Stimulus optimism fades

The good mood over the massive US stimulus package finally approved by the Senate late Tuesday dissipated this morning and the FTSE again clocked losses, led by banks and British Land.

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The good mood over the massive US stimulus package finally approved by the Senate late Tuesday dissipated this morning and the FTSE again clocked losses, led by banks and British Land.

The standout performer was Meggitt, a firm that normally supplies the aerospace and defence industry and is leading a consortium of British firms in making ventilators for the coronavirus, which rallied 5.6% after the company’s CEO agreed to stay on in his position to lead the firm through the coronavirus crisis.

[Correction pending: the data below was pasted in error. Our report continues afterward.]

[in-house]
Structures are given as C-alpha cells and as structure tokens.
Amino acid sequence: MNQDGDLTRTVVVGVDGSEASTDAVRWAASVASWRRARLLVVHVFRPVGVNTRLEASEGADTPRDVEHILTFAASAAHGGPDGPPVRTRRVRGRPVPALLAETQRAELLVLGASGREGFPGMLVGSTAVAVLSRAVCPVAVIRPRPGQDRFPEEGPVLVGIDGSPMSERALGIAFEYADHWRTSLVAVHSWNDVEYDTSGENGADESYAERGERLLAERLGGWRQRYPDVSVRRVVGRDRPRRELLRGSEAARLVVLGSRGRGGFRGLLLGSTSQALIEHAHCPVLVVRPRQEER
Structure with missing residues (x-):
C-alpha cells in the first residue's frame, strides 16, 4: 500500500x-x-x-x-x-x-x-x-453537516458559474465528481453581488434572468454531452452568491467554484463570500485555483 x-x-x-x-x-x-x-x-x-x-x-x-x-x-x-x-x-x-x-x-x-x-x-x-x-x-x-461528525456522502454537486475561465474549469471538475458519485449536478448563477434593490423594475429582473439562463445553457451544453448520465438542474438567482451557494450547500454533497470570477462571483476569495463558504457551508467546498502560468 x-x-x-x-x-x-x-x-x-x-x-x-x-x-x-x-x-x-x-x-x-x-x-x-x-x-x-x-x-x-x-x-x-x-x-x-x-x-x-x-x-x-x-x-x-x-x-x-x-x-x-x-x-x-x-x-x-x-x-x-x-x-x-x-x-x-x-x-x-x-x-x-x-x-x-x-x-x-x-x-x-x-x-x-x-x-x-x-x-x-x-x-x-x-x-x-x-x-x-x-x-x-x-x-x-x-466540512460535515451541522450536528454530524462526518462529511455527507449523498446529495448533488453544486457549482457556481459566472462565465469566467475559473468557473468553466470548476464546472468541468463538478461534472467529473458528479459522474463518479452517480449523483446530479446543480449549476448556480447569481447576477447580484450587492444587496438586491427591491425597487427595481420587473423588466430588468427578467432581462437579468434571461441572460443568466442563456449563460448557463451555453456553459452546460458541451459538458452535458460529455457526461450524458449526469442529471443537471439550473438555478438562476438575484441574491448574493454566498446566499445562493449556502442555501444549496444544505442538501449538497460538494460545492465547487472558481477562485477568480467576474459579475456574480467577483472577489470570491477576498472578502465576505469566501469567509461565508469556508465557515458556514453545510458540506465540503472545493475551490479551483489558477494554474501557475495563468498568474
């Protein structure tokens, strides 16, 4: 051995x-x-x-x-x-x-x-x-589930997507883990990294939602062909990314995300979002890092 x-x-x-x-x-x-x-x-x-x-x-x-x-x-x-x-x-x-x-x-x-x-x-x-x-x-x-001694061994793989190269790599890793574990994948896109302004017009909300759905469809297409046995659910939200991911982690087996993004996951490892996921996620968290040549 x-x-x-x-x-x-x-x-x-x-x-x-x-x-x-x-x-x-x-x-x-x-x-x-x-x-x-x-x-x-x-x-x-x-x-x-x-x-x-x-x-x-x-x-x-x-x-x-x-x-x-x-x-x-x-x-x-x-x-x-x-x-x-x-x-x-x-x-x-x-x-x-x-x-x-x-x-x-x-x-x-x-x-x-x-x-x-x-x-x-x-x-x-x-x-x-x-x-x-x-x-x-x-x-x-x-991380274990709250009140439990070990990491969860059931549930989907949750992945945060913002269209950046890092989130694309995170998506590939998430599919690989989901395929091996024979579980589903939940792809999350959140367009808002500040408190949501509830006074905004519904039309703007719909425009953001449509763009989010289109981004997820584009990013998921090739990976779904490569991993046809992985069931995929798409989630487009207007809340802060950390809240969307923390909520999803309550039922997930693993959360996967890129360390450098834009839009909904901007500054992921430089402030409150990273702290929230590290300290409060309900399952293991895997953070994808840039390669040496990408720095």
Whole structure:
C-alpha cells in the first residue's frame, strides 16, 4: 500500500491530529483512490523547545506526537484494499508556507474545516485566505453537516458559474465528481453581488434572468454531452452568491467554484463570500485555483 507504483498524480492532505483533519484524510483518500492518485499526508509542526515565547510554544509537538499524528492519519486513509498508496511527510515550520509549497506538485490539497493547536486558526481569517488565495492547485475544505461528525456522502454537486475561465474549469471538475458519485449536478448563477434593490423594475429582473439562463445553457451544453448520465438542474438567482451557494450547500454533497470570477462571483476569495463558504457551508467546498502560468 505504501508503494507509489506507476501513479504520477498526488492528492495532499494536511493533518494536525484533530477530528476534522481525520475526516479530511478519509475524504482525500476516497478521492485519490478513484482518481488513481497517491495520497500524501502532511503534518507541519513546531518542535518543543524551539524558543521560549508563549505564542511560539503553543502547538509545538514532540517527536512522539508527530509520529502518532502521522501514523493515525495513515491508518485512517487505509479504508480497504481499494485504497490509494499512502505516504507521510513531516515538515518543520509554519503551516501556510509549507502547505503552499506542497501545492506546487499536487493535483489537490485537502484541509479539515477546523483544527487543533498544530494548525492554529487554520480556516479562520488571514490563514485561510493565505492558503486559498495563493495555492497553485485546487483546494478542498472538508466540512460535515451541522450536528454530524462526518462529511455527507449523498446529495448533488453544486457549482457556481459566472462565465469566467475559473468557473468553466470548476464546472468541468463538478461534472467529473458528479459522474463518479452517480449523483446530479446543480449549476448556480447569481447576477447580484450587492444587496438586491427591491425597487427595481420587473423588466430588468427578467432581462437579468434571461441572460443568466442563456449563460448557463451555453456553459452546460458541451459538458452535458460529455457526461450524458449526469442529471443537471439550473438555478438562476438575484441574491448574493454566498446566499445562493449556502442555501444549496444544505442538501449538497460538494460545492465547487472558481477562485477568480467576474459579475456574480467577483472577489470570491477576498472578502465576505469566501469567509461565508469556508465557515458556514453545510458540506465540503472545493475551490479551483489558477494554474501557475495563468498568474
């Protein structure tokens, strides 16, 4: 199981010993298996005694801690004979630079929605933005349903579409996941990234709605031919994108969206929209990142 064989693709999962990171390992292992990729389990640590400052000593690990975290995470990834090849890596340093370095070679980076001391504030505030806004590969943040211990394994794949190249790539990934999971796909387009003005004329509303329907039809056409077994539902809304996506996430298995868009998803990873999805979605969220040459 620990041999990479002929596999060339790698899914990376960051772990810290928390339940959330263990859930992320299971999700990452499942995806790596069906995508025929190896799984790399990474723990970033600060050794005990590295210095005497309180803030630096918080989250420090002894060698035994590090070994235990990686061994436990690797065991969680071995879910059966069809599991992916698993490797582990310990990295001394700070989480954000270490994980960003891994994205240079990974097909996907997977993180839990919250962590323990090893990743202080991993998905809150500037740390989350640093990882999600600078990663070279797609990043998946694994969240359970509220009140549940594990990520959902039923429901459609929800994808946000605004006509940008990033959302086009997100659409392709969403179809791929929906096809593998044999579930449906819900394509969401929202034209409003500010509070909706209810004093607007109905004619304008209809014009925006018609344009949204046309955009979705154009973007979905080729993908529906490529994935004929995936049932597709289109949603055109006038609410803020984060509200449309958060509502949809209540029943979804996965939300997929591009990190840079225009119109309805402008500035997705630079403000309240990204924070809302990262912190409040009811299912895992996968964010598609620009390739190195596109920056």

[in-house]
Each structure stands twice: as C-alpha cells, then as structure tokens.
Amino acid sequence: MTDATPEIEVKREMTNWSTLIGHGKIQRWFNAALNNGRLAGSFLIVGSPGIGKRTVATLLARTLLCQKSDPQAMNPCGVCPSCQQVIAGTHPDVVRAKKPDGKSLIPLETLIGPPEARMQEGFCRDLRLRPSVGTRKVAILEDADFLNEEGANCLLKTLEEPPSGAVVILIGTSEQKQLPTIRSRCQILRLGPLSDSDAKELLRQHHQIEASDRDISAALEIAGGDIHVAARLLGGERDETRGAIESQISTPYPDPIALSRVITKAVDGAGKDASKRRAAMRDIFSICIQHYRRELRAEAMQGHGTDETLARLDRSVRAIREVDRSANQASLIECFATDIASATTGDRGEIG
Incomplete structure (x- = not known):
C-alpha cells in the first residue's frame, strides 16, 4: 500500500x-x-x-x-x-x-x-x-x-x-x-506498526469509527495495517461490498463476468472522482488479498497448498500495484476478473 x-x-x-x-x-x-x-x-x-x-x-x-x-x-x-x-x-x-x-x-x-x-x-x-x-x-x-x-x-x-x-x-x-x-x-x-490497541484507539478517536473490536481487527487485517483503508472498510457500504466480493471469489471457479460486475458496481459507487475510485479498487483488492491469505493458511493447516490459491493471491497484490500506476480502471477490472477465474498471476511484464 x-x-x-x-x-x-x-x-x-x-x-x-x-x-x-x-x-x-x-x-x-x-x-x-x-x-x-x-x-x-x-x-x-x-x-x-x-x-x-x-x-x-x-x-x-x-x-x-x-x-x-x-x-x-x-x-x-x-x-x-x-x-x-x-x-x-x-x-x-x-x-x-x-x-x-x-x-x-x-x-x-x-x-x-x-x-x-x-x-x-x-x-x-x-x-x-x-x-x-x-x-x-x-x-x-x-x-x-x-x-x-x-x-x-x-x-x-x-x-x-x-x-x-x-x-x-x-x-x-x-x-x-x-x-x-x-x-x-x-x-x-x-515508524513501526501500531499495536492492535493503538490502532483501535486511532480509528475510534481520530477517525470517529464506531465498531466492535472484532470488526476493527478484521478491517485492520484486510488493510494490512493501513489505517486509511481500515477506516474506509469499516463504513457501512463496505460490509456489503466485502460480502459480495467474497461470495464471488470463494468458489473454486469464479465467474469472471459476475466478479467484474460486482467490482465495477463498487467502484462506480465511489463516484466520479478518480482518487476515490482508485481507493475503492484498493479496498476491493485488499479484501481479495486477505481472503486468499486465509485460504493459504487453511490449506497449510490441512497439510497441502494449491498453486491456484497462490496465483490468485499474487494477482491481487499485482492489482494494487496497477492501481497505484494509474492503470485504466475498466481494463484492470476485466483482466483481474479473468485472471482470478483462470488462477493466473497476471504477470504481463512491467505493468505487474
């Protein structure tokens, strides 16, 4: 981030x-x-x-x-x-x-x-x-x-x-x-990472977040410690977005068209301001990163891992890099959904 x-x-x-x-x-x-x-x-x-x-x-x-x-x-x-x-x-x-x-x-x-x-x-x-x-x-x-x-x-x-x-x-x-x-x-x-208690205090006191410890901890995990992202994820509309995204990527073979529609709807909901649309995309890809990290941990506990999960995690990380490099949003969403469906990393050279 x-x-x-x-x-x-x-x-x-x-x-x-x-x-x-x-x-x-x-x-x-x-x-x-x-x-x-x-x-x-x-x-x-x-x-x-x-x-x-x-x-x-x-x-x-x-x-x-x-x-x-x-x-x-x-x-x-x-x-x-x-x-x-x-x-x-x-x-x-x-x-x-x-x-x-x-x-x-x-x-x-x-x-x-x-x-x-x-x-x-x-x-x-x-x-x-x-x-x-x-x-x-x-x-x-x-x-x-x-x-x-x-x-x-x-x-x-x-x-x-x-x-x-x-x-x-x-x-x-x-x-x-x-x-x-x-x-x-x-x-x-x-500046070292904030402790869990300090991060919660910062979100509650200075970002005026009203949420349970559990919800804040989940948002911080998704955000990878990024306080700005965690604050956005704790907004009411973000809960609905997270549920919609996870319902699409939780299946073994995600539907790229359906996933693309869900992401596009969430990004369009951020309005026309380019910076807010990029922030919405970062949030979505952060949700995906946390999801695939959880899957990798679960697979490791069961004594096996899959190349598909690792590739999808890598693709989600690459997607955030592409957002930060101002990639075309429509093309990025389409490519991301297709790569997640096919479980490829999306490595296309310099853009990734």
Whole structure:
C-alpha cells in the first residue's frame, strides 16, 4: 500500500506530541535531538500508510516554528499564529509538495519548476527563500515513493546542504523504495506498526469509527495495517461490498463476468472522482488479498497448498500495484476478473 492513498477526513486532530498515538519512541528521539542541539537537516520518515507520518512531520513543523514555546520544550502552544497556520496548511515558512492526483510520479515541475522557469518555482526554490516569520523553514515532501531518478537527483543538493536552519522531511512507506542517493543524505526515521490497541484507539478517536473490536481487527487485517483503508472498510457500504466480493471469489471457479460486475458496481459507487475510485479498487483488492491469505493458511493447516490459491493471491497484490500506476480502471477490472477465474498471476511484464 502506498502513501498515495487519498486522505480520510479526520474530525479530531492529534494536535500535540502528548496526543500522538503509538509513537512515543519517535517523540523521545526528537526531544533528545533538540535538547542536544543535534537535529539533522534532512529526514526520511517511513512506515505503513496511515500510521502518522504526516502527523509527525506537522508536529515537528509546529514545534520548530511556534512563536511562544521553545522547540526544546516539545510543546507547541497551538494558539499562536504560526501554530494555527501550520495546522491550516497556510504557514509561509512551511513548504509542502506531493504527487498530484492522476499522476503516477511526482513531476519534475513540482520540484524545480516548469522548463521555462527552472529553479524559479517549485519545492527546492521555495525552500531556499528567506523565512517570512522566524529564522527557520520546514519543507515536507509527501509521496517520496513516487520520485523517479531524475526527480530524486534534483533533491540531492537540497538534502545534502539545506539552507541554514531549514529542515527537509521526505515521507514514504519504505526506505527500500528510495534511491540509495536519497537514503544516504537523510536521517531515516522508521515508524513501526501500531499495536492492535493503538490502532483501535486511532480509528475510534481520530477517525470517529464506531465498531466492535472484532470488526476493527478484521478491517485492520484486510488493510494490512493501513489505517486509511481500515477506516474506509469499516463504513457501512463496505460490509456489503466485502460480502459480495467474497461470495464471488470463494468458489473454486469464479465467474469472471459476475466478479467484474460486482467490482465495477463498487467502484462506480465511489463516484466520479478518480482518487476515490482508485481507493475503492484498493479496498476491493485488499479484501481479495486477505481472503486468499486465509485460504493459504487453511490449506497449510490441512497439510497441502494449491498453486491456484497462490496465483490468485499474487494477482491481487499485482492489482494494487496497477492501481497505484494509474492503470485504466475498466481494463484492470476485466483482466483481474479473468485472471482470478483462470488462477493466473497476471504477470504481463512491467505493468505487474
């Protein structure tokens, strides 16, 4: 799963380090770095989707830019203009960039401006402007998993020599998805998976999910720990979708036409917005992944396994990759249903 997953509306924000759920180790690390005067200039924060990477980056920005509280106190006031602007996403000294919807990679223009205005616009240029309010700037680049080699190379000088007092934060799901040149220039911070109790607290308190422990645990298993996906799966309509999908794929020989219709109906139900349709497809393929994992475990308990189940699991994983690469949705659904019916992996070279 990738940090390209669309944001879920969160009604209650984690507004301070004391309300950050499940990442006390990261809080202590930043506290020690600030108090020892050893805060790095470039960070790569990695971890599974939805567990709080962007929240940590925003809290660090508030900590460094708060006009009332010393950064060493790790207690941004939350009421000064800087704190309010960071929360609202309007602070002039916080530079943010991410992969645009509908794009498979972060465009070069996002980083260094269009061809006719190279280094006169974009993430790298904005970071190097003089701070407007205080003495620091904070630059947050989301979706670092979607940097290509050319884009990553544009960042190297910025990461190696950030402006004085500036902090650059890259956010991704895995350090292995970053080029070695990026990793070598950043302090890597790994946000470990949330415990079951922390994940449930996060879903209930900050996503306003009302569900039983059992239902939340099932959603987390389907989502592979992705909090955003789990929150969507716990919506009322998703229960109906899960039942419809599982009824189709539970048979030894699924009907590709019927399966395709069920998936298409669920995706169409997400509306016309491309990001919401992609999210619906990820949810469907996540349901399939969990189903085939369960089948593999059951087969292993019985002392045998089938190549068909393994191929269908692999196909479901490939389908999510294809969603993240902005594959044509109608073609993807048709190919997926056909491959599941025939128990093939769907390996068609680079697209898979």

Banks under pressure

In echoes of the past financial crisis it is becoming clear how fragile banks are to the current volatility in the markets through anecdotal evidence. Dutch bank ABN Amro had to write down $200 million after a major US client incurred significant losses in the market. The phenomenal rescue packages in place in Europe, the UK and the US will go some way to help banks like ABN AMRO buffer some of the losses, but not all. In London, Royal Bank of Scotland is topping the fallers list, declining 6.8%, while HSBC and other banks are following suit with lesser declines.

Oil tracks stock market

Crude oil prices have tracked the stock markets with a little delay over the last 24 hours, bouncing in late trade ahead of the approval of the US stimulus package only to start sliding in synch with stocks once the stimulus received the green light from Senate. A sustained period of such low oil prices will start hurting smaller UK-listed oil producers, particularly those that are not fully hedged.

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